Retirement Heaven or Hell focuses on sense rather than dollars
October 21, 2021
One of the nagging questions we had during the countdown to retirement seven years ago was this – what is retirement going to be like? And while retired friends and neighbours smiled and said cryptic things like “you’ll never know how you found the time for work,” we wondered – still – how the transition from full time work to freelancing would go.
This is the sort of territory covered in Mike Drak’s terrific new book, Retirement Heaven or Hell.
He starts by recalling that, as a child, he really couldn’t answer the question “what do you want to do with the rest of your life.” Retirement provides a second chance to give that response, he writes.
“It’s hard to enjoy retirement when you are not doing what you like to do,” he continues. Living someone else’s retirement dream is your ticket to what Drak calls “Retirement Hell.”
So what does Retirement Heaven look like? There are “comfort-oriented retirees” who “like to have a safe, ordinary retirement,” he explains. They are content with a “full-stop” retirement, they don’t want to work, and some have accumulated “a great deal of money.” Then there are “growth-oriented retirees” who Drak sees as “retirement rebels – the people who have a strong inner voice constantly telling them to never be satisfied; to keep stretching, exploring, learning and experiencing.” Either stream works “as long as you are happy and doing things that are meaningful and fulfilling to you,” Drak explains.
Drak writes about the danger of “the Big Retirement Dip” that can happen after you have enjoyed “the Honeymoon Stage” of retirement, and have travelled, golfed more, visited the grandkids, and ticked off all the boxes of your to-do list. Retirees “often find that they need to find something else to do, and this is where the trouble starts. Without a bigger plan or a purpose, they start to slide down to Retirement Hell, the lowest point in the Big Retirement Dip,” Drak writes.
This is particularly true of growth-oriented retirees; some comfort-oriented retirees “will be able to remain happily in the Honeymoon Stage for their entire retirement,” despite possibly having less meaning to their lives than the growth-oriented folks, Drak notes.
Drak adds that “significant change is an inevitable fact of retirement. How you choose to prepare for it and respond to it will determine if you will be happy or not.” He encourages retirees to take up “new routines” such as regular meditation, and journaling, which he sees as the creation of a book “by you, about you” that will help you chart your progress towards your goals. A daily log helps you determine if your day “was productive… or not,” helps you stay “on track with your goals,” and gives tips on how to improve things “going forward.”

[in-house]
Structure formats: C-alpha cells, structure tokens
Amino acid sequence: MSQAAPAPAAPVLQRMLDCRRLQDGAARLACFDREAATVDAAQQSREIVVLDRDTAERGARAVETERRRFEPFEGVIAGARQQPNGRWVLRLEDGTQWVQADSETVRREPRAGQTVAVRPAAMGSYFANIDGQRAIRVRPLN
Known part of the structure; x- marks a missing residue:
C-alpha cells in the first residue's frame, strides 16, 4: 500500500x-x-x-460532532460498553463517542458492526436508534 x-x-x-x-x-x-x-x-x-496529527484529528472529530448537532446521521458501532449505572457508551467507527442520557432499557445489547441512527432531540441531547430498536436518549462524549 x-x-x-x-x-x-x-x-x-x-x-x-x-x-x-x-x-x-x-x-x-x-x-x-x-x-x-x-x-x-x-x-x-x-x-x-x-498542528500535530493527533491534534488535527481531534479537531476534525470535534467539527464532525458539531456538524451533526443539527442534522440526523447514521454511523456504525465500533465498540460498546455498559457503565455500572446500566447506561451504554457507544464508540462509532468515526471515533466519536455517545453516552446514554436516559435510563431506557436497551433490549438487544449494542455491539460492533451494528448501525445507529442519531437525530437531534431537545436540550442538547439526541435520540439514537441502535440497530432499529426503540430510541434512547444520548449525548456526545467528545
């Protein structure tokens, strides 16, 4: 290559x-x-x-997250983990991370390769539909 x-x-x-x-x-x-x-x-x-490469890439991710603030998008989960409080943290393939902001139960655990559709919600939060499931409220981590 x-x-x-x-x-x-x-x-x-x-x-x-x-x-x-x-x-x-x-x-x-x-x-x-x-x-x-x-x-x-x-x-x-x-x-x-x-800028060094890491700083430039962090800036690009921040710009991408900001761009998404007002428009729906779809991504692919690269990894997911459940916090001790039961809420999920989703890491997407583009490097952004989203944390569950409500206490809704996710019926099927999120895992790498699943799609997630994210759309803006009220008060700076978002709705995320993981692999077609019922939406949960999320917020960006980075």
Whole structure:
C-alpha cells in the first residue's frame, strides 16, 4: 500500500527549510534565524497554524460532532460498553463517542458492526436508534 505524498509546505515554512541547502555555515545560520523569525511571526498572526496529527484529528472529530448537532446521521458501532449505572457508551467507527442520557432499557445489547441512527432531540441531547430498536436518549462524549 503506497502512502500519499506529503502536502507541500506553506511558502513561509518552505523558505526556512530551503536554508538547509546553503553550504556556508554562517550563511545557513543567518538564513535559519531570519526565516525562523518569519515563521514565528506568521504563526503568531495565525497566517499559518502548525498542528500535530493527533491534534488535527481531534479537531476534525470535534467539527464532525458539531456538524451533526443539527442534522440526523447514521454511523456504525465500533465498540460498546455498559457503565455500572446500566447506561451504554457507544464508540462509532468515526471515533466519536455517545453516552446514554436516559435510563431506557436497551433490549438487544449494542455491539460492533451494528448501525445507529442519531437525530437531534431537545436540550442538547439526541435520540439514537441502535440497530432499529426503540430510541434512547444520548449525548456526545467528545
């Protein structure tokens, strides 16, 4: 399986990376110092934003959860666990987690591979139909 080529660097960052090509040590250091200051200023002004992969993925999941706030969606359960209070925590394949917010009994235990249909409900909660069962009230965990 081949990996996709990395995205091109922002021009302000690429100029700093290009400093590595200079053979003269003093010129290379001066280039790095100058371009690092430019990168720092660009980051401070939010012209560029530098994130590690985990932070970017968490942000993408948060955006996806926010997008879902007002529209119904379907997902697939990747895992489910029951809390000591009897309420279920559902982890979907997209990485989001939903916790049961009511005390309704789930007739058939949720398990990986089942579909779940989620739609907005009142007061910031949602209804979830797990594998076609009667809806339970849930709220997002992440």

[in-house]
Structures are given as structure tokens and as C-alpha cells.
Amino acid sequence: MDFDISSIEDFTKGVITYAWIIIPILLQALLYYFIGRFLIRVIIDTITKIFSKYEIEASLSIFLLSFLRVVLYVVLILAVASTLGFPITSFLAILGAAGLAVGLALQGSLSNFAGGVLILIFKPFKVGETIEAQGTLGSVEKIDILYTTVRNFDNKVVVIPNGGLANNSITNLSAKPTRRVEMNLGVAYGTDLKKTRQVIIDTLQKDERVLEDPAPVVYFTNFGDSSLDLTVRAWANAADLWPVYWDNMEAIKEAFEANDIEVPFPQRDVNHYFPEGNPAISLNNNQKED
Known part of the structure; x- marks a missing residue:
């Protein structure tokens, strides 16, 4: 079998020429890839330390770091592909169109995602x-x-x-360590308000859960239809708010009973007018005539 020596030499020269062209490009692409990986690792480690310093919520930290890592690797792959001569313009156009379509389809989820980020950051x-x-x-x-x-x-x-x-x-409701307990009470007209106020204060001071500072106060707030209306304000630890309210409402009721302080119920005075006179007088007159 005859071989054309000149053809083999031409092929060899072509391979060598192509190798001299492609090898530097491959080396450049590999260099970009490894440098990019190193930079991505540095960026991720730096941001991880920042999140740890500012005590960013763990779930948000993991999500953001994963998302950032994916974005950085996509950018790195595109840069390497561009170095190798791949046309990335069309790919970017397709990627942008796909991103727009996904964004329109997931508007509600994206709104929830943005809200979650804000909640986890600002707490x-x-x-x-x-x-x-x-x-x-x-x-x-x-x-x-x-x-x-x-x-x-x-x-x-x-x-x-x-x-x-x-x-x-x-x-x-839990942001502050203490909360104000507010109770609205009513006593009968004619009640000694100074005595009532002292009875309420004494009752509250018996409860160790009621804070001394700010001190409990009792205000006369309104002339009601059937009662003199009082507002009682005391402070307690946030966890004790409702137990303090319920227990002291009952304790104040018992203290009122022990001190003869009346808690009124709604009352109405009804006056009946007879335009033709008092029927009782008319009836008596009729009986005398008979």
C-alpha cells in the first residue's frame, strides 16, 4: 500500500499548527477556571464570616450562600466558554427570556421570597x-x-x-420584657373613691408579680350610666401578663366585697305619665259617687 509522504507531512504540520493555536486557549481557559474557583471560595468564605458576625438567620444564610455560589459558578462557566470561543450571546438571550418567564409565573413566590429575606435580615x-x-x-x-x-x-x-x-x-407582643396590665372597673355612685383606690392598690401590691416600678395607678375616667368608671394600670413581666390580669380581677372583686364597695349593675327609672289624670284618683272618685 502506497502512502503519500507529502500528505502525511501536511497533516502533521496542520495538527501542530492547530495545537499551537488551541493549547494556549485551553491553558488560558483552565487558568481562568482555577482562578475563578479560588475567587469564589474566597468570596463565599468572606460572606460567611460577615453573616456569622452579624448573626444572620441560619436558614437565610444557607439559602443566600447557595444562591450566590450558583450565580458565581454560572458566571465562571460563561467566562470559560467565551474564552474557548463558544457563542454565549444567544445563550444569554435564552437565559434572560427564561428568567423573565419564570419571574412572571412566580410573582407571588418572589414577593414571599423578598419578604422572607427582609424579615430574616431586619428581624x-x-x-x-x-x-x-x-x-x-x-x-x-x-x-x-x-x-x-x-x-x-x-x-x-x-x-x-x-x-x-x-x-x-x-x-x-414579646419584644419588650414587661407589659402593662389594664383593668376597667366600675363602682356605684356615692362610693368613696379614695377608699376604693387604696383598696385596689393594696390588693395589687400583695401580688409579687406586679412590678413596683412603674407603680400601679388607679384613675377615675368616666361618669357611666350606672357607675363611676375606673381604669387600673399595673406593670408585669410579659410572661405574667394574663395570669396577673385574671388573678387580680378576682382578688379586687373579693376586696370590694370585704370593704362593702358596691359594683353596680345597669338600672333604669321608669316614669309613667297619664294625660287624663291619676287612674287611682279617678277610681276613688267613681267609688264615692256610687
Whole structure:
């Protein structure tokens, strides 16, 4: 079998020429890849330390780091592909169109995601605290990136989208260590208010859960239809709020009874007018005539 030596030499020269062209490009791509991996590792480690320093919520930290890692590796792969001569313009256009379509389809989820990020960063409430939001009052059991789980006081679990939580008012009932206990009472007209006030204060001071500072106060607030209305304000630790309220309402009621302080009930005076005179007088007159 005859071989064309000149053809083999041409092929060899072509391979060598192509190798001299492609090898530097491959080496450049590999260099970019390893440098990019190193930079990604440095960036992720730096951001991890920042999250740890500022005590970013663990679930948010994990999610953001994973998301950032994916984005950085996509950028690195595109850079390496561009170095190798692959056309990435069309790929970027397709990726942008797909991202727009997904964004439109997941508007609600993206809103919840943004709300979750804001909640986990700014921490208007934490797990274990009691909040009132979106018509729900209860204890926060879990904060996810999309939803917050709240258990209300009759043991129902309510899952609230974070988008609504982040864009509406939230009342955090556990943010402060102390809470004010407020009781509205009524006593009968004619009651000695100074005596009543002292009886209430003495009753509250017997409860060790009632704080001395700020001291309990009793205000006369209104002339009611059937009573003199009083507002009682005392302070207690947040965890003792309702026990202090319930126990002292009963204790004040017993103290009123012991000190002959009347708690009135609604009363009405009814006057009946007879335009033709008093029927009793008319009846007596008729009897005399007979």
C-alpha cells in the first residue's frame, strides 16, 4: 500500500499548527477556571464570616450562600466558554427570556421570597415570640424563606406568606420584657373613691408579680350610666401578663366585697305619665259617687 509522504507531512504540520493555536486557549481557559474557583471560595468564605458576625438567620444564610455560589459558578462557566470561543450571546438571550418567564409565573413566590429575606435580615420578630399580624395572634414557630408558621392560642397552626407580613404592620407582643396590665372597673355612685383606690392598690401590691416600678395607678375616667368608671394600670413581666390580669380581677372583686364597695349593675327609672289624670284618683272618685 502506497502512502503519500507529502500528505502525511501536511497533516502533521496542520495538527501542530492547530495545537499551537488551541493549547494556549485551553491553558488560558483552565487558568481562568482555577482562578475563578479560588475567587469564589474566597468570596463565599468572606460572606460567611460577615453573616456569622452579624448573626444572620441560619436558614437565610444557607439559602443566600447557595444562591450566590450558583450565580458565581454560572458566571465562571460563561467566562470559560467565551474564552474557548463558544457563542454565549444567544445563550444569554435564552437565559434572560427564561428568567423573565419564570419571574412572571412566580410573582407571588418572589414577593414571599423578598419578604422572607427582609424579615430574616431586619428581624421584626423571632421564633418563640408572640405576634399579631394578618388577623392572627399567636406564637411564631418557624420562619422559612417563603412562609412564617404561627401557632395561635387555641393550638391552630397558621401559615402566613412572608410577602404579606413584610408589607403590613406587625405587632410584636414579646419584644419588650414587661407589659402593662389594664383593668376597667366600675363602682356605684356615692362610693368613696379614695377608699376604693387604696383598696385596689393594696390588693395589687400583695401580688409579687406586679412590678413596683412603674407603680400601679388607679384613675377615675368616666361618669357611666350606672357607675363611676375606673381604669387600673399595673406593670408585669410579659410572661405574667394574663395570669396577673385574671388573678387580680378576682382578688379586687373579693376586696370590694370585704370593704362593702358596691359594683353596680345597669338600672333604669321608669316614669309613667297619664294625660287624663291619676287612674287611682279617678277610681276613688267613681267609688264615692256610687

The meat of the book is Drak’s list of “Nine Principles for an Exceptional Retirement.” These include:
- Nurture Strong Relationships
- Foster Good Health
- Achieve Financial Independence
- Reignite Your Sense of Adventure
- Tap into Your Spirituality
- Find Your Tribes
- Make the Most of Your Time
- Adopt the Right Attitude
- Discover Your Purpose
Drak covers each of these ideas in great detail, with “self reflection” questions on each topic as well as “simple truths,” a sort of Coles notes summary of the section. He warns us, when talking about nurturing strong relationships, that loneliness “is an emotional problem with a physical consequence that could lead to an early death.” Regarding health, he notes that “exercising and eating right are key anti-aging strategies,” the “magic pill” we look for.
On Financial Independence, he observes that “working longer reduces the risk of market declines and of not having enough money.” Thinking about our sense of adventure, Drak writes that “life is either a daring adventure or boring… playing it safe is a gamble too.” Spirituality “helps you deal with the ups and downs of everyday life,” and having a “tribe” of like-minded people permits you to be on a “shared mission with people you respect and care about.” He covers all nine principles with similar aplomb.
Near the end of the book, Drak challenges us to “watch the movie of your own life…(to) take you back on your journey since childhood. This will remind you about what made you happy, which in turn will help you to discover your purpose(s) and passions, and ultimately, the person you were meant to be.”
And this is a core message of the book – no one can tell you what your retirement should be except for you, and this decision depends on your values. “Values are who you are even when no one is watching,” Drak explains. “Putting your values first influences your decisions; and how you choose to act and behave will ultimately determine your sense of happiness and fulfilment in life.”
This is a great book, almost a retirement philosophy text, and is well worth a read, whether you are planning your retirement or – even more importantly – if you have reached the end of the honeymoon stage and can’t think of what to do next. The book gives you the tools you need to get there.
The non-philosophical side of the retirement equation – income – plays the important role of helping to fund the retirement you want. If, lacking a workplace retirement program, you are saving on your own for those future challenges and adventures, why not put the Saskatchewan Pension Plan to work for you? They’ve been delivering retirement security since their inception 35 years ago.
Written by Martin Biefer
Martin Biefer is Senior Pension Writer at Avery & Kerr Communications in Nepean, Ontario. A veteran reporter, editor and pension communicator, he’s now a freelancer. Interests include golf, line dancing and classic rock, and playing guitar. Got a story idea? Let Martin know via LinkedIn.